How to Clean Up a Broken CFL

  • 01 of 07

    How to Clean Up a Broken CFL Using EPA Guidelines

    Hand installing Compact Fluorescent Light Bulb into Fixture
    BanksPhotos/E+/Getty Images

    Compact Fluorescent Lamps or CFL's have received much attention as an energy efficient alternative to incandescent lighting. Although these lamps are more energy efficient, increased use has caused concerns as people learn about their mercury hazards and what's involved in cleaning them up if they break.

    It's no surprise that many people are becoming more, well, surprised about CFL's since they are touted as being clean, green, lighting machines. Even the Environmental Protection Agency (EPA) program ENERGY STAR touts these lights as safe and clean.

    Safe and clean? Nothing could be further from the truth.

    The problem? Well, CFL's contain a neurotoxin called mercury that gets released when the bulb breaks. Mercury exposure has adverse health effects. Since mercury vapor is essential to CFL operation, CFL's are considered a hazardous material when they break and cannot be thrown away.

    Quite frankly I think it is unfair and confusing to consumers that we are told CFL's are safe by the marketing material at ENERGY STAR but then the EPA has a 12 step program for mercury clean up if they break, including evacuating the room and opening the windows!

    Here's an example of what I mean. This FAQ from ENERGY STAR states near the bottom of page two:

    "Mercury is an element found naturally in the environment."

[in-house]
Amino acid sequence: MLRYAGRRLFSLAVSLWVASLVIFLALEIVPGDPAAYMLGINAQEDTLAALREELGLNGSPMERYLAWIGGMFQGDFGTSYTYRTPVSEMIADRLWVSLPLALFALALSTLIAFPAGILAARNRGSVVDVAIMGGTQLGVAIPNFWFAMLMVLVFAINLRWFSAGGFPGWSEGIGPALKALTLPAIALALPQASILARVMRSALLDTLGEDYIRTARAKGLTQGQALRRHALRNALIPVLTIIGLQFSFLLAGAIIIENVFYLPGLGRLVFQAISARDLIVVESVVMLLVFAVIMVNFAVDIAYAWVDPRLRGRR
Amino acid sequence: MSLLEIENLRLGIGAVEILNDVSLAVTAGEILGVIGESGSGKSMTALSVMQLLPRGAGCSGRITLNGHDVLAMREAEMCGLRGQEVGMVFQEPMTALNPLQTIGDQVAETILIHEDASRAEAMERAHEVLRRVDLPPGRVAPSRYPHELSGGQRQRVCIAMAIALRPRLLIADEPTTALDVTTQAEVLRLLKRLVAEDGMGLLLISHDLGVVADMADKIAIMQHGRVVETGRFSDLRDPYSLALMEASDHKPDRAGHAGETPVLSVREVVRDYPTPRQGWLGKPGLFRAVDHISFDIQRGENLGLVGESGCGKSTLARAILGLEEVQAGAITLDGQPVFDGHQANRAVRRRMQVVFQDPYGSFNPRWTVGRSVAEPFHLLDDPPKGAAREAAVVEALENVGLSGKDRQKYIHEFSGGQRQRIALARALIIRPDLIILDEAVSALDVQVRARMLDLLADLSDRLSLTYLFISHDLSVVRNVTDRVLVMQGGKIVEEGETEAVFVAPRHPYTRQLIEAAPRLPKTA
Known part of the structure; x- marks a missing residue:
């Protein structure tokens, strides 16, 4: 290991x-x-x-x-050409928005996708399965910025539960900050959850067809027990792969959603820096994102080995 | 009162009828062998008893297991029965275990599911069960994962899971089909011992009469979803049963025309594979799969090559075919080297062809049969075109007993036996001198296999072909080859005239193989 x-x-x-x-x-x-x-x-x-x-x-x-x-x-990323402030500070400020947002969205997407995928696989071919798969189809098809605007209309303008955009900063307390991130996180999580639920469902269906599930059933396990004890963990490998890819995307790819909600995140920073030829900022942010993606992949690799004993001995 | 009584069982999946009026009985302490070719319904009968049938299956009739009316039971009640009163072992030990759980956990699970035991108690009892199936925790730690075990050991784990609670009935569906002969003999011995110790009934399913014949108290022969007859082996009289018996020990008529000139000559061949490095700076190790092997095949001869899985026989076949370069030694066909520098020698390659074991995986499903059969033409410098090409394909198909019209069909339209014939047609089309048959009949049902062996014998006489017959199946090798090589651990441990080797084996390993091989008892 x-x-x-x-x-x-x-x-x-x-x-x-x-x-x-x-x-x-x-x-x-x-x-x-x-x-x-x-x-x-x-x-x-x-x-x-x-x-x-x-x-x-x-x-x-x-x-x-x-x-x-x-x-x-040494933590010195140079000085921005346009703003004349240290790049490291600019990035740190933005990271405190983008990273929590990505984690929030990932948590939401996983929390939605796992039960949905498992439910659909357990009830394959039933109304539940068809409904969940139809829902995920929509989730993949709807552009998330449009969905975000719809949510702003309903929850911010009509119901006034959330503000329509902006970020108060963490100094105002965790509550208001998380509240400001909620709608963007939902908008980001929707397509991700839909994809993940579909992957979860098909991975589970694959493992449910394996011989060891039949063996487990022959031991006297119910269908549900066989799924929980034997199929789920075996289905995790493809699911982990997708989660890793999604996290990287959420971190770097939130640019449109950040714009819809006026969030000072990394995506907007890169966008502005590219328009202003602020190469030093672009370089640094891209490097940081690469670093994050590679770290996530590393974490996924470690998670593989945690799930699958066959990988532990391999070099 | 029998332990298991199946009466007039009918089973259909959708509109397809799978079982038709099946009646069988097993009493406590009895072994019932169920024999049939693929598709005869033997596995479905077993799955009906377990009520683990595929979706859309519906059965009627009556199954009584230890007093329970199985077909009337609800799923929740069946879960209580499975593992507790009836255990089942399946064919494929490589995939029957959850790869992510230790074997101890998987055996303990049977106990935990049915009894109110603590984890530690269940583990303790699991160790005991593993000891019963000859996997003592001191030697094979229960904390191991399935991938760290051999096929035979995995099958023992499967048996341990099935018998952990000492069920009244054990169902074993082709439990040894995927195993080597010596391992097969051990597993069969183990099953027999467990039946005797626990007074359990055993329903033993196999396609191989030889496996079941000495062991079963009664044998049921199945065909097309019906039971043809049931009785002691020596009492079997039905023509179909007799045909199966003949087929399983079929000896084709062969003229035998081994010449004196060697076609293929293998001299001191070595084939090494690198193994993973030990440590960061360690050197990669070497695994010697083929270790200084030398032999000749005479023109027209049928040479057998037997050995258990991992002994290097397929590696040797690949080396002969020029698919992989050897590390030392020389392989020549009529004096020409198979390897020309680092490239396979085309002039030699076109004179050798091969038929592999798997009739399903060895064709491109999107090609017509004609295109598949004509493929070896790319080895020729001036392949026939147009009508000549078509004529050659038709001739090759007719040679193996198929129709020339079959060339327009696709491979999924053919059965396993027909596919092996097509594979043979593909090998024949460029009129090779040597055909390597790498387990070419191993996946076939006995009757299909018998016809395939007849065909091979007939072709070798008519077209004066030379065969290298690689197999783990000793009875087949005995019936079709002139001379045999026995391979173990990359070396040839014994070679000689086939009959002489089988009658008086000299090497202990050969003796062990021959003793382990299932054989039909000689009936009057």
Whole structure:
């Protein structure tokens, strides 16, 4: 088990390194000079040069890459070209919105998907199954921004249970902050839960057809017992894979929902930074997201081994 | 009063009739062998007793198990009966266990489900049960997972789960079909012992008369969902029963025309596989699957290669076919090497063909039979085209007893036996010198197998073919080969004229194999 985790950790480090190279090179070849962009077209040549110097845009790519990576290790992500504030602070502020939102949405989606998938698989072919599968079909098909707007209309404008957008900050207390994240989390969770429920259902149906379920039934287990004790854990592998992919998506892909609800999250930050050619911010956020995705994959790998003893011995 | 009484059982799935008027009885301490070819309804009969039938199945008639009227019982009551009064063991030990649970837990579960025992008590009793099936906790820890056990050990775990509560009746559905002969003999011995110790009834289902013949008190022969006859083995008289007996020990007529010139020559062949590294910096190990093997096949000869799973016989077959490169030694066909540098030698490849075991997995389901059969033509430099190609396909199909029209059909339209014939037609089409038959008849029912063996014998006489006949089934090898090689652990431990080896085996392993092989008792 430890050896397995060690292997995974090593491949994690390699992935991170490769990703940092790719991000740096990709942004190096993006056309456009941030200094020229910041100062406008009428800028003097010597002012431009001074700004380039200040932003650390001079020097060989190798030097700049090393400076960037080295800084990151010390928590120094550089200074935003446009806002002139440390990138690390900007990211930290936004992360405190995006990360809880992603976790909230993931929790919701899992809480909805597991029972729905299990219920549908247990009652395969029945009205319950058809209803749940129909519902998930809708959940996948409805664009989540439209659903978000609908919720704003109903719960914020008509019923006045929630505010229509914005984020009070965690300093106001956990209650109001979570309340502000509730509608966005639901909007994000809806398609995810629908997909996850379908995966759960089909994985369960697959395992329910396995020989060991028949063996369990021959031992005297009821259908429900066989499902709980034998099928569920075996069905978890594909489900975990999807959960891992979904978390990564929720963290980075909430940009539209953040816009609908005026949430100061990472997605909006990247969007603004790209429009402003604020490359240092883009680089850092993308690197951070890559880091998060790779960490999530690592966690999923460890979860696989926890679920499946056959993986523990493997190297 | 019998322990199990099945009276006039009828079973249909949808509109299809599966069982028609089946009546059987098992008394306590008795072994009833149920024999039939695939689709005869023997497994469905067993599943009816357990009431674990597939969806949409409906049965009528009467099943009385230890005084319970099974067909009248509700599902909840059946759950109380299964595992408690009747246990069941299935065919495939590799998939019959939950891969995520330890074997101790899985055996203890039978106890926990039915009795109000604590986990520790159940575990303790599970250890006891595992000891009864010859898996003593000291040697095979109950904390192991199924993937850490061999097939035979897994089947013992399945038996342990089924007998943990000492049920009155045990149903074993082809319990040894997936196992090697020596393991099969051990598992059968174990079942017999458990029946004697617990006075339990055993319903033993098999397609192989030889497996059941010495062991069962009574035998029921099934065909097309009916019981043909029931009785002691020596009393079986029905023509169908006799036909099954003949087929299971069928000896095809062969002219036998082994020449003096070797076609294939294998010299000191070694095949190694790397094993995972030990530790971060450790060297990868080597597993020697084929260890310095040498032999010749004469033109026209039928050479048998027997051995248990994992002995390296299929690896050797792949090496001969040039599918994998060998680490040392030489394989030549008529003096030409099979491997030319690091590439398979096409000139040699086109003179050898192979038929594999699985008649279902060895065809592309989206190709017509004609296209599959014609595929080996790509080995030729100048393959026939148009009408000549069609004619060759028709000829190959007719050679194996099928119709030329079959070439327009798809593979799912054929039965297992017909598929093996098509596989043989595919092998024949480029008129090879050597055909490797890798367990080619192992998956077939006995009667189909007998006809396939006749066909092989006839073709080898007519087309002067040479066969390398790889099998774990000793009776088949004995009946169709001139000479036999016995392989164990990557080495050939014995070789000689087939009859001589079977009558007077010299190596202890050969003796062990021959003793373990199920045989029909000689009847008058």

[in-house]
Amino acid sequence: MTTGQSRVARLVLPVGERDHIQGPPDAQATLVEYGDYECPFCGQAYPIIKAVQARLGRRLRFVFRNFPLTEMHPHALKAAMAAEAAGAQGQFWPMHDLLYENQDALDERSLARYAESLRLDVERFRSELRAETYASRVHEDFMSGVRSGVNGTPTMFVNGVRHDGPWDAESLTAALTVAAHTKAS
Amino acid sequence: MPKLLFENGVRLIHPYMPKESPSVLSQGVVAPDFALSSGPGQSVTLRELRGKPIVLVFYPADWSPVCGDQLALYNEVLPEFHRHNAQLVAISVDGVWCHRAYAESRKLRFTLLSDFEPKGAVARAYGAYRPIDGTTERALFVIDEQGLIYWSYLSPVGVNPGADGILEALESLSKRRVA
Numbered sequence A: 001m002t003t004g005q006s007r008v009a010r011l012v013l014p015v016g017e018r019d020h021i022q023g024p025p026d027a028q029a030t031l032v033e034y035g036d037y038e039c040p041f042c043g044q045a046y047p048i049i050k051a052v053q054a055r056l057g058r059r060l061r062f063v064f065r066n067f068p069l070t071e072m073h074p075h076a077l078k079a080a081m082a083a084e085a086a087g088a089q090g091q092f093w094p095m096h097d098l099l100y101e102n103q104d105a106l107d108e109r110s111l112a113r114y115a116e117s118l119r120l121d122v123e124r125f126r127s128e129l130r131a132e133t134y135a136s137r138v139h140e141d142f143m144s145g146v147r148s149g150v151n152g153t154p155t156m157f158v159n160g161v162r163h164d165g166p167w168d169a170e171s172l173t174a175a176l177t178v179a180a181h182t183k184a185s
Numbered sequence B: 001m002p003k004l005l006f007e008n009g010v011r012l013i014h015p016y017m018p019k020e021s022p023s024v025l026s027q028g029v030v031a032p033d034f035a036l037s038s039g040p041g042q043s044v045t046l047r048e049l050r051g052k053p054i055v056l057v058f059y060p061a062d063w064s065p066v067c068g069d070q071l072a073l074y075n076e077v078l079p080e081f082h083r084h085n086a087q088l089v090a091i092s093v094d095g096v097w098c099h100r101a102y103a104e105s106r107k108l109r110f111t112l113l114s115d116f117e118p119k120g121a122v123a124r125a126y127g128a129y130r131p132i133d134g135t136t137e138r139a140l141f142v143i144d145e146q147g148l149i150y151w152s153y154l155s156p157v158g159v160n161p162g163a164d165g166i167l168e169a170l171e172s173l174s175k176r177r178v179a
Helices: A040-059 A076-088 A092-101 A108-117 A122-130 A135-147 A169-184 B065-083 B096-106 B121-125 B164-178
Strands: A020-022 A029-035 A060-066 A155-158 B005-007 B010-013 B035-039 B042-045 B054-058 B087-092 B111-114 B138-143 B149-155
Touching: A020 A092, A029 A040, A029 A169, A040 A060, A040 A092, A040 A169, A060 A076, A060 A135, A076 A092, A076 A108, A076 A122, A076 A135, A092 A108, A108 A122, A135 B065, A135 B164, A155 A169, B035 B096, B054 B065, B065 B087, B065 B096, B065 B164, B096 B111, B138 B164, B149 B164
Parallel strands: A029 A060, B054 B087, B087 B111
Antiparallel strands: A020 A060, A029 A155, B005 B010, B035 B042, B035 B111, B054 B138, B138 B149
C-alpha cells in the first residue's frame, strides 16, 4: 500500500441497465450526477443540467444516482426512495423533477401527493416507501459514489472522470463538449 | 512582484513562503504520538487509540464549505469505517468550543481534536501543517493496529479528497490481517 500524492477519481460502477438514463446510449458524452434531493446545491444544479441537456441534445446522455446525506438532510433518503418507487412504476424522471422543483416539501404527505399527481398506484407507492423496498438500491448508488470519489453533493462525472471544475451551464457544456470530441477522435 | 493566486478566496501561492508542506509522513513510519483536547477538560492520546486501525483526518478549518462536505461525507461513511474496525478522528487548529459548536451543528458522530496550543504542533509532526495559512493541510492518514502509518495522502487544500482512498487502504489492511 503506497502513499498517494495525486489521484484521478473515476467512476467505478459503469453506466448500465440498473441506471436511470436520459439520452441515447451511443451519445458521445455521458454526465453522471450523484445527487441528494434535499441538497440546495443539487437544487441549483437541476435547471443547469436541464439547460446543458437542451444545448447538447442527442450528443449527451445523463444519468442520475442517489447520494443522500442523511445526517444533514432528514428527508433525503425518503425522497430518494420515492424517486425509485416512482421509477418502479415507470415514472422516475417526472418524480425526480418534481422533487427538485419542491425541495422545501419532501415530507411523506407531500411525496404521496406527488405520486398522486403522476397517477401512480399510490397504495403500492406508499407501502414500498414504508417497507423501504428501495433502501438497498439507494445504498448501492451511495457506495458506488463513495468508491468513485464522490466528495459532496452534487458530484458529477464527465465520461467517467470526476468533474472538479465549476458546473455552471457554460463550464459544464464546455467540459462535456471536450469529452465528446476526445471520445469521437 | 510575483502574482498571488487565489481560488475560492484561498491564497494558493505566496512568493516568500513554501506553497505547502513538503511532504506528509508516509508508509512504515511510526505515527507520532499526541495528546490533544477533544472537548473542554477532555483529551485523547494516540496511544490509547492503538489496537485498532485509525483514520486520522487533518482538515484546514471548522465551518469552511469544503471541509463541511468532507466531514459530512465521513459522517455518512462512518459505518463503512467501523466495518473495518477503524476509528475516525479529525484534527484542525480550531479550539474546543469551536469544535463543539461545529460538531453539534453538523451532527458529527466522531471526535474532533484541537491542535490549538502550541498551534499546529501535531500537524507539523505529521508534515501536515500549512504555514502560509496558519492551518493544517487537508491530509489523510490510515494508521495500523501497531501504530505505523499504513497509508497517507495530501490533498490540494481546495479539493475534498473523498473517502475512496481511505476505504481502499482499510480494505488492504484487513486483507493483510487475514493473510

Great, sounds natural, like water.

    However CFL's use mercury in a vapor form. The EPA website for Elemental Mercury Exposure, states that it is not uncommon for children to break fever thermometers in their mouths; However, mercury that is swallowed in such cases poses low risk comparison to the risk of breathing mercury vapor.

    Hey, I don't care if you think CFL's are great or not, I only care that you know the facts, not just the hype.

    So that you understand what is involved in the safe clean up of these bulbs when they break, I'll outline the recommended clean up procedure as developed by the EPA.

    Continue to 2 of 7 below.
  • 02 of 07

    Ventilate the Room (Steps 1-3)

    Ventilate the Room Before You Clean Up the Broken Bulb
    • Have people and pets leave the room, and don't let anyone walk through the breakage area on their way out.
    • Open a window and leave the room for 15 minutes or more.
    • Shut off the central forced-air heating/air conditioning system, if you have one.

    Source: Environmental Protection Agency
    Continue to 3 of 7 below.
  • 03 of 07

    Clean-Up: Hard Surfaces (Steps 4-7)

    Clean-Up Steps for Hard Surfaces
    • Carefully scoop up glass fragments and powder using stiff paper or cardboard and place them in a glass jar with metal lid (such as a canning jar) or in a sealed plastic bag.
    • Use sticky tape, such as duct tape, to pick up any remaining small glass fragments and powder.
    • Wipe the area clean with damp paper towels or disposable wet wipes and place them in the glass jar or plastic bag.